The second parameter is an IsoDataSource instance. It abstracts the original
image, and it is used by libisofs to access its contents. You are free to
implement your own data source to access image contents. However, libisofs has
a simple implementation suitable for reading images on the local filesystem,
that can be used for import both .iso files and inserted media, via the block
device and POSIX functions. You can get it with
iso_data_source_new_from_file()
The third parameter of iso_image_import() is a pointer to an IsoReadOpts
struct. It holds the options for image reading. You get it with:
iso_read_opts_new()
and after calling iso_image_import() you should free it with
iso_read_opts_free()
Some options are related to select what extensions to read. Default options
are suitable for most users.
iso_read_opts_set_no_rockridge()
iso_read_opts_set_no_joliet()
iso_read_opts_set_no_iso1999()
iso_read_opts_set_preferjoliet()
If RockRidge extensions are not present, many files attributes can't be
obtained. In those cases libisofs uses default values. You have options to
configure what default values to use.
iso_read_opts_set_default_uid()
iso_read_opts_set_default_gid()
iso_read_opts_set_default_permissions()
If the original image has been created in another system with a different
charset, you may want to use:
iso_read_opts_set_input_charset()
to specify the encoding of the file names on image.
Finally, to import multisession images, you should tell libisofs that it must
read the last session. For that, you must set the block where the last session
starts:
iso_read_opts_set_start_block()
The last parameter for iso_image_import(), optional, is a pointer that will
be filled with a library-allocated IsoReadImageFeatures, that lets you access
some information about the image: size, extensions used,...
[TODO: explain that iso_image_import uses dir rec options]
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3.3 Generating a new image
After importing the image, the old image tree gets loaded. You are free to
make any changes to it: add new files, remove files, change names or
attributes... Refer to "2.1 Image tree manipulation" for details.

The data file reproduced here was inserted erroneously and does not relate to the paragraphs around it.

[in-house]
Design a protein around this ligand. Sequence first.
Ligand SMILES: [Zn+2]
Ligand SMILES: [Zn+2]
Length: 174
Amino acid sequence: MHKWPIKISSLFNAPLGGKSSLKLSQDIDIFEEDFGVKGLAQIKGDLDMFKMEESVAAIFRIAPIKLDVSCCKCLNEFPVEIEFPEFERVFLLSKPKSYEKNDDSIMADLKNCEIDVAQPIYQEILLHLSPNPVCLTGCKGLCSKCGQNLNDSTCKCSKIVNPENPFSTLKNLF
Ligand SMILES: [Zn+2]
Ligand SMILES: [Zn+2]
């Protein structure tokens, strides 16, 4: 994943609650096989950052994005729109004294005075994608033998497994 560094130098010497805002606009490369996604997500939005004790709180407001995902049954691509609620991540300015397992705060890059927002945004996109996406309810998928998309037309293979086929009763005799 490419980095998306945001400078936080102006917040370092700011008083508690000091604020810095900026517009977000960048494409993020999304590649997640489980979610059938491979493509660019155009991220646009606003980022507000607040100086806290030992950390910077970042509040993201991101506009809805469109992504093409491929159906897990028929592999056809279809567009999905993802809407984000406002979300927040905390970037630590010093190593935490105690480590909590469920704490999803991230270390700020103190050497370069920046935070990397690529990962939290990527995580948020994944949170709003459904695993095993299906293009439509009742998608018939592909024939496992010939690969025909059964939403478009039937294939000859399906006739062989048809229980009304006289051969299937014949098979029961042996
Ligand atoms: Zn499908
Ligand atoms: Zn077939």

When it is ready, you can now create the new image. The process is the same as
explained in "2.2 Set the write options" and "2.3 Obtaining a burn_source".
However, there are some write options that should be taken into account.
First of all, you must select whether you want to grow or modify the image
(read "3.1 Growing vs Modification" for details). You must call
iso_write_opts_set_appendable()
An appendable image leads to image growing, and a non-appendable image leads
to a completelly new image (modification). An appendable image will be appended
after the old image (in a new session, for example). Thus, in those cases, the
first block of the image is not 0. You should set the correct lba of the first
block with:
iso_write_opts_set_ms_block()
That is usually the "Next Writable Address" on a multisession media, and a
value slightly greater than the old image size on .iso files or DVD+RW media.
You can obtain the old image size with the iso_read_image_features_get_size()
function.
In this last case (i.e., on a non multisession media), you will need to
overwrite the volume descriptors of the old image with the new ones. To do
this you need:
- Allocate a buffer of at least 64 KiBs.
- Initialize it with the first 64 KiBs of the original image.
- Pass the buffer to libisofs with the iso_write_opts_set_overwrite_buf()
option.
- After appending the new image, you have to overwrite the first 64 KiBs of
the original image with the new content of the buffer.
-------------------------------------------------------------------------------
4. Bootable images
-------------------------------------------------------------------------------
-------------------------------------------------------------------------------
5. Advanced features
-------------------------------------------------------------------------------